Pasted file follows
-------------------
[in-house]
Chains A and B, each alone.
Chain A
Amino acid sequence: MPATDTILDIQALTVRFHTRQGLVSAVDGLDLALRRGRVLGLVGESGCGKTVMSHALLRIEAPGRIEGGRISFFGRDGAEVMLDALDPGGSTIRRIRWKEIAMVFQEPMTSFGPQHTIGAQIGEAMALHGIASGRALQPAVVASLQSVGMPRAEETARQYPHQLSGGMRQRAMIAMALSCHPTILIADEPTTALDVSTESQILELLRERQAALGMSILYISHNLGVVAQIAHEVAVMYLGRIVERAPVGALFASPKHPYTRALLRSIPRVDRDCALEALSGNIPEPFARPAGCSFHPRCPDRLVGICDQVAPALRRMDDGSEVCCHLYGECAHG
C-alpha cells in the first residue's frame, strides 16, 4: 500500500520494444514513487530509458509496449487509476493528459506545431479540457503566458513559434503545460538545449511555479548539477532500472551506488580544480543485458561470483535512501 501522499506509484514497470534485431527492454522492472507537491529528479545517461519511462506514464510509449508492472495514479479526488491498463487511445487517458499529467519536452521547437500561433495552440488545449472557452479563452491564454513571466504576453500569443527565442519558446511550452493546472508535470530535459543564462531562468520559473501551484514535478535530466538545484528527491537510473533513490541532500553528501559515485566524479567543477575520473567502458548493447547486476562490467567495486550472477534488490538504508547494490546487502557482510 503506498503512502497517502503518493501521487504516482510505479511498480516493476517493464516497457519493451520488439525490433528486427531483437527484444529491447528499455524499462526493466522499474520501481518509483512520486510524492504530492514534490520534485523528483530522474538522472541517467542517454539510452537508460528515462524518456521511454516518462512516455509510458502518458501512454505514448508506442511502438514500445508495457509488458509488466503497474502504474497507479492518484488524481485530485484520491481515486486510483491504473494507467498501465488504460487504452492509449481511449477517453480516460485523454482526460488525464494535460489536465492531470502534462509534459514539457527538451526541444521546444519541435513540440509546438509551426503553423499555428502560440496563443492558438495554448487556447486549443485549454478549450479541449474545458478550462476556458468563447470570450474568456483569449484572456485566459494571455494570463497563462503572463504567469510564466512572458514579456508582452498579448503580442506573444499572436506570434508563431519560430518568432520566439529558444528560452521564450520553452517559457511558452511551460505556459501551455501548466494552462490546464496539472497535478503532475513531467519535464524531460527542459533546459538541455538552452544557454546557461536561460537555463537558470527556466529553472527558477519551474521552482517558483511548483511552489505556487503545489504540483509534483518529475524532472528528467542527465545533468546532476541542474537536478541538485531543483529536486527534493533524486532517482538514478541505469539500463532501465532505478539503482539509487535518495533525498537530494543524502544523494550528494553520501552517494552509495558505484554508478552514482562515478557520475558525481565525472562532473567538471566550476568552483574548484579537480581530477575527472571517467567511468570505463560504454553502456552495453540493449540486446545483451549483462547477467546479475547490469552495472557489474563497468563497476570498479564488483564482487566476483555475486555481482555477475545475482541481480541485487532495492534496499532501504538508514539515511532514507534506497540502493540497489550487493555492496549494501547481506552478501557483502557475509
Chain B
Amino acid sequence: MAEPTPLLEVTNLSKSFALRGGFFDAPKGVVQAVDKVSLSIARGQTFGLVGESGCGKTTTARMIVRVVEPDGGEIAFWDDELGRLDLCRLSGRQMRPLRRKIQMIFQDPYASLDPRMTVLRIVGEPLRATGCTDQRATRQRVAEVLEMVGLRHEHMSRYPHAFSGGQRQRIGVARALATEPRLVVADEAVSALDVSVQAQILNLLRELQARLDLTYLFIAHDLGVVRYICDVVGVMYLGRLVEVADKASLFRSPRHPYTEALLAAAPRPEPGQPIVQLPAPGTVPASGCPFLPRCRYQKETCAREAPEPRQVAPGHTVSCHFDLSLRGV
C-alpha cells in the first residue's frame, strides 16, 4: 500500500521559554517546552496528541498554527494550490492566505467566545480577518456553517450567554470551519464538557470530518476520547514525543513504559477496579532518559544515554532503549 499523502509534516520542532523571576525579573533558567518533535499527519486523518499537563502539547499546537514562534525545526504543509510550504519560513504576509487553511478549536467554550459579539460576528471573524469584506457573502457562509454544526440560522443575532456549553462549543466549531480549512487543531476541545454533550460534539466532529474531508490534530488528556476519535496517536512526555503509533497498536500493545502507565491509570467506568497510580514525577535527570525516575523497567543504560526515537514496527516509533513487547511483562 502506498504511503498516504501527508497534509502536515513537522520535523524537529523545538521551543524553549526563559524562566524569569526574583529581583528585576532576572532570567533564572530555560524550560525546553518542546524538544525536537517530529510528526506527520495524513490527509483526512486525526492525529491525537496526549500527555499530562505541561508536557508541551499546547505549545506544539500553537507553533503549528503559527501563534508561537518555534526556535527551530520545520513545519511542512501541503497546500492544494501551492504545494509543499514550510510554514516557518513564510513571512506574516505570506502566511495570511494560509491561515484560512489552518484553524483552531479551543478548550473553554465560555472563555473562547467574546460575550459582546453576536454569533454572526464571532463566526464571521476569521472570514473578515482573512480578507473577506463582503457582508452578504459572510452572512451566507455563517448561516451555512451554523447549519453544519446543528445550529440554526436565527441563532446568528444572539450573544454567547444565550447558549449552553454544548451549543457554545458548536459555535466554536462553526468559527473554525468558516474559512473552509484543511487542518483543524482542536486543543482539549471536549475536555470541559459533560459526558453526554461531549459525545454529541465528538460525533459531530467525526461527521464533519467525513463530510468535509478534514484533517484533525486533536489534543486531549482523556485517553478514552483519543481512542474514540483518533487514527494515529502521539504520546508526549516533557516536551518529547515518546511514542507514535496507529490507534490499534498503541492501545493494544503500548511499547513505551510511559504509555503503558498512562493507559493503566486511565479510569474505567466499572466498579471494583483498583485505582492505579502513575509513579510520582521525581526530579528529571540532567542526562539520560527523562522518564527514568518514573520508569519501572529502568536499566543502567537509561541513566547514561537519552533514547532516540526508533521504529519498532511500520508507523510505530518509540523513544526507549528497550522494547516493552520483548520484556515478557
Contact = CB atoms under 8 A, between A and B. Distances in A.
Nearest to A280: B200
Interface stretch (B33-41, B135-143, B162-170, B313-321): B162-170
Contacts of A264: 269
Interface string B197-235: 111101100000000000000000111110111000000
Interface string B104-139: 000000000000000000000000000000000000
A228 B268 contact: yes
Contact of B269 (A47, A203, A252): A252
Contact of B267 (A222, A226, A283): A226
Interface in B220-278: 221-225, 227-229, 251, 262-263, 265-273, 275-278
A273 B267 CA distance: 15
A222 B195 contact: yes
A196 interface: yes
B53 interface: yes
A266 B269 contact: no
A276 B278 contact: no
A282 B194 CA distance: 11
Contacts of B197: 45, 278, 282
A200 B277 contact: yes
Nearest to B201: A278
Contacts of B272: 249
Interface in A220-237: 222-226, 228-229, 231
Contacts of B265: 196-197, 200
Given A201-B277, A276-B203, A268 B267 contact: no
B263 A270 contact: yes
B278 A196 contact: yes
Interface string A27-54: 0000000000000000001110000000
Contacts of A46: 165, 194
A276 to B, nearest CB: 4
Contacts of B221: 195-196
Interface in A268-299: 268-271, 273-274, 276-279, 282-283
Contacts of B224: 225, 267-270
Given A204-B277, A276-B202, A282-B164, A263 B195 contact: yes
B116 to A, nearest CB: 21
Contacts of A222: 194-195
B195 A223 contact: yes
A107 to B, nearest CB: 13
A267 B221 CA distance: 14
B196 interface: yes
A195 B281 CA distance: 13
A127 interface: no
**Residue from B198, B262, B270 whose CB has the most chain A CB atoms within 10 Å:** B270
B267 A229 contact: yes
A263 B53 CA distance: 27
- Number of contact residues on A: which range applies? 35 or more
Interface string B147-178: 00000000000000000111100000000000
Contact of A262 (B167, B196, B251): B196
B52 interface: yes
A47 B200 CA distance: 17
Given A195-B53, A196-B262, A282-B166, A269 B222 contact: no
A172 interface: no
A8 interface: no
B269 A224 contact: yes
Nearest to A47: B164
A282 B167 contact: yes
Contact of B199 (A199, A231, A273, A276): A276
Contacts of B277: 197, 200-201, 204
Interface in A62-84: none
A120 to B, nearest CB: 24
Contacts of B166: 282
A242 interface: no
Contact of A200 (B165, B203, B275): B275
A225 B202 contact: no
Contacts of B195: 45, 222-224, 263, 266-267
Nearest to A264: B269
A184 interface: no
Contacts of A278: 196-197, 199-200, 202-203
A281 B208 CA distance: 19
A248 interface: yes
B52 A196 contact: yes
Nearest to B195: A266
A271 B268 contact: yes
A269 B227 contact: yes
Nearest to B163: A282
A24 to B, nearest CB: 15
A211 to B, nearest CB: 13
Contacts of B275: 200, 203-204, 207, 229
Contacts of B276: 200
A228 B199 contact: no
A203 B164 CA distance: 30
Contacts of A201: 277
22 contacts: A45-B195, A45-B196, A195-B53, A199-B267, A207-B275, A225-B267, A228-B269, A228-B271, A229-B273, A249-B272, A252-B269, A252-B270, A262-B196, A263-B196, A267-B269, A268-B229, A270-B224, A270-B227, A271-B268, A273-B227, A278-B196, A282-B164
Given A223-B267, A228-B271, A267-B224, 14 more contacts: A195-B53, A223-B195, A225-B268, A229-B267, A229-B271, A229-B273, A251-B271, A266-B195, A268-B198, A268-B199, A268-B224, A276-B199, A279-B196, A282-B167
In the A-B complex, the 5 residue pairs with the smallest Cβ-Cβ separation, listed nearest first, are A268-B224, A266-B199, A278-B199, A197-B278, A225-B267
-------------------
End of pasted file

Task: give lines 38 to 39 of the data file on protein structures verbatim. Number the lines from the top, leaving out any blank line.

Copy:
Contacts of B221: 195-196
Interface in A268-299: 268-271, 273-274, 276-279, 282-283